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The 2005 Aquanaut Program Maritime Heritage Cruise investigated several shipwrecks within the Stellwagen Bank National Marine Sanctuary using a remotely operated vehicle (ROV). The Aquanaut Program brings together marine scientists and students to conduct field research important to the management of the sanctuary. During each day of the cruise, sanctuary archaeologists, National Undersea Research Center for the North Atlantic and Great Lakes (NURC NA&GL) scientists, and University of Connecticut students boarded the University of Connecticut's R/V Connecticut in Gloucester, MA for the trips into the sanctuary. NURC NA&GL scientists operated the investigation's primary research tool, the ROV Hela. Hela carried lights and cameras into the sanctuary's cold and dark depths allowing the archaeologists, scientists, and students to document the shipwrecks and their resident marine life.

Side scan sonar image of the Frank A. Palmer and Louise B. Crary.
Side scan sonar image of the Frank A. Palmer and Louise B. Crary. (Photo: NOAA/SBNMS and NURC NA&GL)

The project's primary goal was a thorough examination of the coal schooners Frank A. Palmer and Louise B. Crary. The Frank A. Palmer and Louise B. Crary collided on 17 December 1902 in Massachusetts Bay enroute from Baltimore, MD to Boston, MA with full cargos of coal. A miscalculation by the Louise B. Crary's mate caused his schooner to smash into the Palmer's portside bow. Within minutes of the collision, 6 of the 21 sailors onboard the vessels lost their lives when the schooners plummeted to the bottom. The remaining 15 sailors made it into the Frank A. Palmer's longboat with only the clothing they were wearing and no food or water. During the following 4 days, 5 more men perished from exposure in the open boat before being rescued more than 60 miles east of Cape Cod.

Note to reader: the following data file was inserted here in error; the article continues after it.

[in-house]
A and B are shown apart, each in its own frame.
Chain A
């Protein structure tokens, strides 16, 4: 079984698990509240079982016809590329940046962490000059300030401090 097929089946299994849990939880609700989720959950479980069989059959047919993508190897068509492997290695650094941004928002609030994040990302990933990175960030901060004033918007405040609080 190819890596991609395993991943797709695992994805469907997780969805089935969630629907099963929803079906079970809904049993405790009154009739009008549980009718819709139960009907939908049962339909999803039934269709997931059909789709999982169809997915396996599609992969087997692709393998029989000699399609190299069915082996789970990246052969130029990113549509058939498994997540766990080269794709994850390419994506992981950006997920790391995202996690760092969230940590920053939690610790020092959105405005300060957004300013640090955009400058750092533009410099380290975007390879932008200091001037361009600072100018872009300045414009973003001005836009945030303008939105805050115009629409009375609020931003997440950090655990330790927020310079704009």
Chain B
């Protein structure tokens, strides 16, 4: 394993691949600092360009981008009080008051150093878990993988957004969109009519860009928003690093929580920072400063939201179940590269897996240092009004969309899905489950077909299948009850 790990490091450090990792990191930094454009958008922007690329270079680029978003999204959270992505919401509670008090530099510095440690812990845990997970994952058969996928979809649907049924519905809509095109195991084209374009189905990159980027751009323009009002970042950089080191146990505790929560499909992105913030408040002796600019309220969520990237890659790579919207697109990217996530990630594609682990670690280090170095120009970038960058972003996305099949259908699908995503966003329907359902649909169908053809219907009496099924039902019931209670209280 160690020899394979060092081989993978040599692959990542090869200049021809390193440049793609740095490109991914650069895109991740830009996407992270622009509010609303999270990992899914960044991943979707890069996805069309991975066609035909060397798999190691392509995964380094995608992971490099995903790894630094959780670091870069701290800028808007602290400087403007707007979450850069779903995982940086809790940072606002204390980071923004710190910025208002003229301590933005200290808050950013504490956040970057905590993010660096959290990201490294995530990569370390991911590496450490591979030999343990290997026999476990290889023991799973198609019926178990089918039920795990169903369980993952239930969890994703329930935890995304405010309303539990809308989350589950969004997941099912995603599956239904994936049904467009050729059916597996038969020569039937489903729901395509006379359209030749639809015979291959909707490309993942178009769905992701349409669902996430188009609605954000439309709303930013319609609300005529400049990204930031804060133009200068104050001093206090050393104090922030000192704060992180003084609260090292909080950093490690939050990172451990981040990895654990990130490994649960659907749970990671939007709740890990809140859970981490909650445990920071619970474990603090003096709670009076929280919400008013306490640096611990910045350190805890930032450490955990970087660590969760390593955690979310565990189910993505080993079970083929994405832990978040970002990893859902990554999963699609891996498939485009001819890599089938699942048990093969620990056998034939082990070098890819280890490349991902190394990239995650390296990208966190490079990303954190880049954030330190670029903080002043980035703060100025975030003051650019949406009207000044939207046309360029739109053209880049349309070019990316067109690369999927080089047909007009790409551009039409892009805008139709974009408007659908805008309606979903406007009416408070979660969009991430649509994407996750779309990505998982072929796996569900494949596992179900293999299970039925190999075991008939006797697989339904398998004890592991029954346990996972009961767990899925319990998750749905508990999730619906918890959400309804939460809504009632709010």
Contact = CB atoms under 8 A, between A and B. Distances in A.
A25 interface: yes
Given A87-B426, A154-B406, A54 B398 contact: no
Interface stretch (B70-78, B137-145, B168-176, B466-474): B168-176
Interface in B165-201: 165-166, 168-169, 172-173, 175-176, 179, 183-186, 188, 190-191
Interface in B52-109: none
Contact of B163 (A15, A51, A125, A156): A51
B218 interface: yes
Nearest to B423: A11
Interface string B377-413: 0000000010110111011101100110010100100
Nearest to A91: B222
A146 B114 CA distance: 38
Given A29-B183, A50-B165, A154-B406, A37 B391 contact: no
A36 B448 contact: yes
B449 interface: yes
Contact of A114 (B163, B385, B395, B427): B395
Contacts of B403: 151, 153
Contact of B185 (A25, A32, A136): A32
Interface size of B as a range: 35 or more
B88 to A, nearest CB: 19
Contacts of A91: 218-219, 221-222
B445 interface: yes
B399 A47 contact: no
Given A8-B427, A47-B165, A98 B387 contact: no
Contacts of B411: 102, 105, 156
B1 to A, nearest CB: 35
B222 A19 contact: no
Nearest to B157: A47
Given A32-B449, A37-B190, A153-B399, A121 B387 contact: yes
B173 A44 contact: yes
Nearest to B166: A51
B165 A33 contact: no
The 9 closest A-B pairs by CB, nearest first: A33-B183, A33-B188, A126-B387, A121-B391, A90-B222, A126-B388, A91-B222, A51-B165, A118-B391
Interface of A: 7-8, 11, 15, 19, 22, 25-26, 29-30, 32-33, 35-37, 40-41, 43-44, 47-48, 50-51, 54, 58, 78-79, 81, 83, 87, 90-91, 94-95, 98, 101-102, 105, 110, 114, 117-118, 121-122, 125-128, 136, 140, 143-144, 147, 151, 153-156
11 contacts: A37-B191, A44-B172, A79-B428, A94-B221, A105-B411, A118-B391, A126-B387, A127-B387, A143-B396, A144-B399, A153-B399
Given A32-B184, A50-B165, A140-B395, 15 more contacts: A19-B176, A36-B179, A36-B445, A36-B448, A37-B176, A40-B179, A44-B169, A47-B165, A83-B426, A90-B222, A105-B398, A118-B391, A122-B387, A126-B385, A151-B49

First investigated by the sanctuary in 2002, side scan sonar images of the wreck site clearly show the schooners upright on the seafloor connected at their bows. This investigation began with the stern of the Frank A. Palmer, where the research team made several discoveries. The team located and imaged the schooner's partially intact steering wheel along with artifacts from the captain's cabin such as dishware and a chronometer. Unfortunately, fishing nets caught in the wreck prevented the ROV from exploring further forward than the aftermost mast. Overall, the Frank A. Palmer's appears to have considerable archaeological integrity.

The Frank A. Palmer's helm.
The Frank A. Palmer's helm. (Photo: NOAA/SBNMS and NURC NA&GL)

After exploring the Frank A. Palmer to the extent allowed by the entangled fishing nets, the ROV jumped the gap between the schooners and began exploring the starboard side of the Louise B. Crary. The Crary appeared to be even more intact than the Palmer; however, entangled fishing gear prevented the ROV from safely examining the Crary's stern cabin where the most exciting discoveries were made on the Palmer. The data gathered during this ROV cruise will be used to write a National Register of Historic Places nomination for the Frank A. Palmer and Louise B. Crary.

In addition to the Frank A. Palmer and Louise B. Crary, the 2005 Aquanaut Program Maritime Heritage Cruise also investigated several previously undocumented shipwreck sites. At each site, the ROV ran video transects to record diagnostic information that will be used to characterize the site. Additionally, the video transects also served to characterize the marine life resident on the shipwrecks.

Currently, the Stellwagen Bank National Marine Sanctuary is undertaking the inventory of its maritime heritage resources, as required by the National Marine Sanctuary Act and the National Historic Preservation Act. The information gathered as the result of this project allows the sanctuary to effectively protect and manage these sites for future generations and provide compelling interpretive material that can engage the public at large and foster preservation attitudes towards the sanctuary's cultural and natural resources.

Additional Resources and Links

Stellwagen Bank National Marine Sanctuary
NOAA's National Undersea Research Center/UCONN

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